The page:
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Rational Diverse Beliefs and Economic Volatility

Aug 2007
Working Paper
By  Mordecai Kurz
This is a chapter in a new series of Handbook in Financial Economics entitled “Dynamics and Evolution of Financial Markets.” It explores works which contribute to explaining market dynamics and volatility by employing models of rational but diverse beliefs. This excludes models of Behavioral Economics. The first part gives a complete exposition of Noisy Rational Expectations (i.e. REE) Asset Pricing Theory where diversity of beliefs arises from diverse private information. Examination of these models enable us to evaluate the assumptions made and the ability of the models to explain the data about market dynamics. The general conclusion is that, although Noisy REE asset pricing theories have many attractive features, they do not offer a satisfactory paradigm for market dynamics. Indeed, for most models increased amount of idiosyncratic private information leads to a reduction in volatility.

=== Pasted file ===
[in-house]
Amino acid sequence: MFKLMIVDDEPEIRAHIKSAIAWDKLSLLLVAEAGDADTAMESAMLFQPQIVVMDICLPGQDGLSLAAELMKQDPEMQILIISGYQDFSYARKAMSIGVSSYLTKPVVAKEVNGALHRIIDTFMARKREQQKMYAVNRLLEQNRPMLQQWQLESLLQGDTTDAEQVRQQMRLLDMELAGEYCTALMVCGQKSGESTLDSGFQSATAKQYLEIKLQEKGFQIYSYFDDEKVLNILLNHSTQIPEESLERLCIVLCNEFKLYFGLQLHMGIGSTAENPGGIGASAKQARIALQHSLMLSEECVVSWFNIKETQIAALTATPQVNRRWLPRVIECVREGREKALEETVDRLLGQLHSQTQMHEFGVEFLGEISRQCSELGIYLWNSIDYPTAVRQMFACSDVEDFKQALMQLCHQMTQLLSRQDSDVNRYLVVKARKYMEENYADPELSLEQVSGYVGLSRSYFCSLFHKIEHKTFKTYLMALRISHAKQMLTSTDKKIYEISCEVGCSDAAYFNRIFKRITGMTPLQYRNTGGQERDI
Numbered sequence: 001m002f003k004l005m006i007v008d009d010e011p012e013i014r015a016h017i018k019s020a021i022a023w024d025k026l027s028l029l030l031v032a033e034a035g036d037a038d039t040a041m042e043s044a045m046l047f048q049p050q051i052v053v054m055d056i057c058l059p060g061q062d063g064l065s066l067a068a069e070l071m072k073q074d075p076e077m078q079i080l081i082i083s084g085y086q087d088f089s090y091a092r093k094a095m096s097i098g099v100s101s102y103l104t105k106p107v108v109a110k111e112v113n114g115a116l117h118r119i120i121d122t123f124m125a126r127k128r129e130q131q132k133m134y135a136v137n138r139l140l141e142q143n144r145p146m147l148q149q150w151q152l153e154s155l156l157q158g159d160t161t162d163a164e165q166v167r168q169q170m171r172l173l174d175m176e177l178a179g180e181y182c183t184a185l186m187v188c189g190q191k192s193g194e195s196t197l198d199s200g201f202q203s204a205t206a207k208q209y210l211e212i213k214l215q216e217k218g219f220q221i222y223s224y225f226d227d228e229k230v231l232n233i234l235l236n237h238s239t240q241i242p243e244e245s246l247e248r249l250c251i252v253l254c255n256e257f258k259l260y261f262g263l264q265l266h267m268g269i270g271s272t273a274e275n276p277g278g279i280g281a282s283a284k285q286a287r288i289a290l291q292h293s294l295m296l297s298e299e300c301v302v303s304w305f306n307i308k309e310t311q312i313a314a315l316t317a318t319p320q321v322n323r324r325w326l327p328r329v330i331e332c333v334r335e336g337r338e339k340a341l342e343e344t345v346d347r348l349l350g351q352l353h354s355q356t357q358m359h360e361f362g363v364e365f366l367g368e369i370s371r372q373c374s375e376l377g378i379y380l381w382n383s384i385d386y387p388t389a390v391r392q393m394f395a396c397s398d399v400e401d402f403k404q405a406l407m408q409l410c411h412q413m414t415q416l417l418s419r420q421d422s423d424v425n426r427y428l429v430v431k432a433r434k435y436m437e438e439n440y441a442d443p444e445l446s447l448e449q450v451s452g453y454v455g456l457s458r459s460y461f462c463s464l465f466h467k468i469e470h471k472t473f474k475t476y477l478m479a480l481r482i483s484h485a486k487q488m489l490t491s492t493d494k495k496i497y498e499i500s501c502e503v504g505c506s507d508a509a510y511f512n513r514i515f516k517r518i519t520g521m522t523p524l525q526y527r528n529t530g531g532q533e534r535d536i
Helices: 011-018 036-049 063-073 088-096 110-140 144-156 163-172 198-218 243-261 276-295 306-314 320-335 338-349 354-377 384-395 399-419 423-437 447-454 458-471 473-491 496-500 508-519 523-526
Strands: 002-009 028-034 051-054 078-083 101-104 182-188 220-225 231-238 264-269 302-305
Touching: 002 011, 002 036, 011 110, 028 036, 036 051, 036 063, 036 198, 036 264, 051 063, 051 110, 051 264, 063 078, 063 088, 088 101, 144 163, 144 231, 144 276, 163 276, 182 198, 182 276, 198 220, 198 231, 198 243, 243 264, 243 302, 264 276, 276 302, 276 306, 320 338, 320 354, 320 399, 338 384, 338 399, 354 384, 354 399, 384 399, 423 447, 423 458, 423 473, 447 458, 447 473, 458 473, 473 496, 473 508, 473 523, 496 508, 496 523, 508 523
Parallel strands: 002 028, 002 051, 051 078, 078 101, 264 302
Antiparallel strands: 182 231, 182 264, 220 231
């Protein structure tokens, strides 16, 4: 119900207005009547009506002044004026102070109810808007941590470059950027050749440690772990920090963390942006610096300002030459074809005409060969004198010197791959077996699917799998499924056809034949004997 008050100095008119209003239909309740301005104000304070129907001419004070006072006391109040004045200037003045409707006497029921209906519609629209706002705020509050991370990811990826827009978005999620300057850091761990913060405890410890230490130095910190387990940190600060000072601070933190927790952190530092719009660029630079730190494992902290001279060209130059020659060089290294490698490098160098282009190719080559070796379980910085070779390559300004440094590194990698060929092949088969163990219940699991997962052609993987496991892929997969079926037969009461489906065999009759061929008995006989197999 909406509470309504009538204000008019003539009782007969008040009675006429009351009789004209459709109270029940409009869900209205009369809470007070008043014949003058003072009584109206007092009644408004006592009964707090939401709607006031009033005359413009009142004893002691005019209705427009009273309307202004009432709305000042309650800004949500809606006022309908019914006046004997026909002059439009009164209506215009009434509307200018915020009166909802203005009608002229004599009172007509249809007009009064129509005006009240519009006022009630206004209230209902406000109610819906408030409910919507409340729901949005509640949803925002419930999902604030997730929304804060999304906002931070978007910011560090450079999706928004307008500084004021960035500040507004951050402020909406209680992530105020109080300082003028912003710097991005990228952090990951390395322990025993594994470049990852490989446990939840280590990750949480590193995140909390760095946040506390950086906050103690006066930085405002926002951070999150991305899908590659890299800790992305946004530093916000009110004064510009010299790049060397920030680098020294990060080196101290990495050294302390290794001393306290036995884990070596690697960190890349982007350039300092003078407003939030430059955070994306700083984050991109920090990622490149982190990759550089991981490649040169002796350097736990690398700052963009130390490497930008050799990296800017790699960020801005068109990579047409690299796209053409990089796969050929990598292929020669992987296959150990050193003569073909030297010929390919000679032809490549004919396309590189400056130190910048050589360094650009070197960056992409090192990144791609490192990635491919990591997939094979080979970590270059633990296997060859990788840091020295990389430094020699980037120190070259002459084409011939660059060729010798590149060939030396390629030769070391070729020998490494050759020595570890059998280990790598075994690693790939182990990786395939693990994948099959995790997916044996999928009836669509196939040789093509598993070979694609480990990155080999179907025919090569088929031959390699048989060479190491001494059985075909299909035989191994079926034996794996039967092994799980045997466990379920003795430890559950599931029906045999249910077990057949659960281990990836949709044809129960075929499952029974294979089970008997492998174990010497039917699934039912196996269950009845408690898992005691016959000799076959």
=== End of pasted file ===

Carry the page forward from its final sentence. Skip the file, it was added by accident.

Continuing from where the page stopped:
We next turn to models of diverse beliefs without private information. We explore work on Rational Belief Equilibria (i.e. RBE) starting with modeling beliefs. Agents do not know the structure of the dynamically complex economy but have data over a long time to enable an econometric computation of the empirical moments, on the basis of which they compute a commonly known empirical probability on sequences. A belief is then a model of deviations from the empirical probability. It is shown that to be rational a belief cannot be constant, creating an endogenous mechanism for market dynamics. For the development of an equilibrium theory, beliefs are treated as a vector of state variables and market belief is the distribution of individual beliefs. Market belief is an observable for which ample data is available and we review both data sources and applications which use such data. Much of the material reviewed covers the applications of this theory to the study of market dynamics.